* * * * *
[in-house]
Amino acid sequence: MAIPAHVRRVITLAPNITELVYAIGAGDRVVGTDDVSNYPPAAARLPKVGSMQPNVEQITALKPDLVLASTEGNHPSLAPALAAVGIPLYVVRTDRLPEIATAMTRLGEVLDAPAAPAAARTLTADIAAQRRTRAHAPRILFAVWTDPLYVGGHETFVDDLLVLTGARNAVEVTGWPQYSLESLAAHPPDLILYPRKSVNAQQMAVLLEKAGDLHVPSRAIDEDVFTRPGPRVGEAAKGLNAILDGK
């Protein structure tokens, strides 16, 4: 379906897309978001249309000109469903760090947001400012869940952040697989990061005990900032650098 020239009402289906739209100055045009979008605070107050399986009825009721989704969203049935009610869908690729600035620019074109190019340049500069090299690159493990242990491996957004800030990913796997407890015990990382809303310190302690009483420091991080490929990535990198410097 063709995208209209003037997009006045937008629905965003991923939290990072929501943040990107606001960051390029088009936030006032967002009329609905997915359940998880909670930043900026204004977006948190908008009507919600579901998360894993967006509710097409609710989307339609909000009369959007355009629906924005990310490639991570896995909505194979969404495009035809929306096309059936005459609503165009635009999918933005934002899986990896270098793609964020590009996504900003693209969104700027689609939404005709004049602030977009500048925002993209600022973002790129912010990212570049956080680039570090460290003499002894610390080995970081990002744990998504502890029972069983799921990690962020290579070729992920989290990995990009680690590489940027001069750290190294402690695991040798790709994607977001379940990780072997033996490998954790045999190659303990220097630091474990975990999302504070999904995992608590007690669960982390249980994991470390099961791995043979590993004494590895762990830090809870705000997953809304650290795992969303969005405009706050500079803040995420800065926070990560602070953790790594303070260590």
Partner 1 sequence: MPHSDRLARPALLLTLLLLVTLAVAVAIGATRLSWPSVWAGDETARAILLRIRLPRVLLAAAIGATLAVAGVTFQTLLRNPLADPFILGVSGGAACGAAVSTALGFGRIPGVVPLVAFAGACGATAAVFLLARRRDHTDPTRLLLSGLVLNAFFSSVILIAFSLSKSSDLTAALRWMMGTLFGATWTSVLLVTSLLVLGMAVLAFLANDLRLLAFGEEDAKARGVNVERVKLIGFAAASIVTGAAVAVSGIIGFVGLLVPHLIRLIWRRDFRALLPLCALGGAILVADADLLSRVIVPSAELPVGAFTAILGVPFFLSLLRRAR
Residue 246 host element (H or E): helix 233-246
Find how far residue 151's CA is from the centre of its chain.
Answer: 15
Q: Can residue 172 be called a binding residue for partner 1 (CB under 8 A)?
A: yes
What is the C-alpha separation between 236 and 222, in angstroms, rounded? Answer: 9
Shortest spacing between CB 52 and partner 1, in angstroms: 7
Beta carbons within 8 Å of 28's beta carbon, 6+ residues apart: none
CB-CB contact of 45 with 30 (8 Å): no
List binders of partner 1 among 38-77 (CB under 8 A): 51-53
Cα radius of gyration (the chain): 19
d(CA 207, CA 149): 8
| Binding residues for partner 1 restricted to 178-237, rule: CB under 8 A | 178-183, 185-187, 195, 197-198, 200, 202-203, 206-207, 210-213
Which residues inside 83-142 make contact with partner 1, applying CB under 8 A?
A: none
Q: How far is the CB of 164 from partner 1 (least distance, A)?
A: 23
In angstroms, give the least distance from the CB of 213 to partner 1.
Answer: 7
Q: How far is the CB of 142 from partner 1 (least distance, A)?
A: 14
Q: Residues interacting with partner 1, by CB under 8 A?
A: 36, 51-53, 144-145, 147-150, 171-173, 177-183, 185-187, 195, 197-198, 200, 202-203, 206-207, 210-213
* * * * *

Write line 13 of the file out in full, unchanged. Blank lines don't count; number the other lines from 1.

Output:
CB-CB contact of 45 with 30 (8 Å): no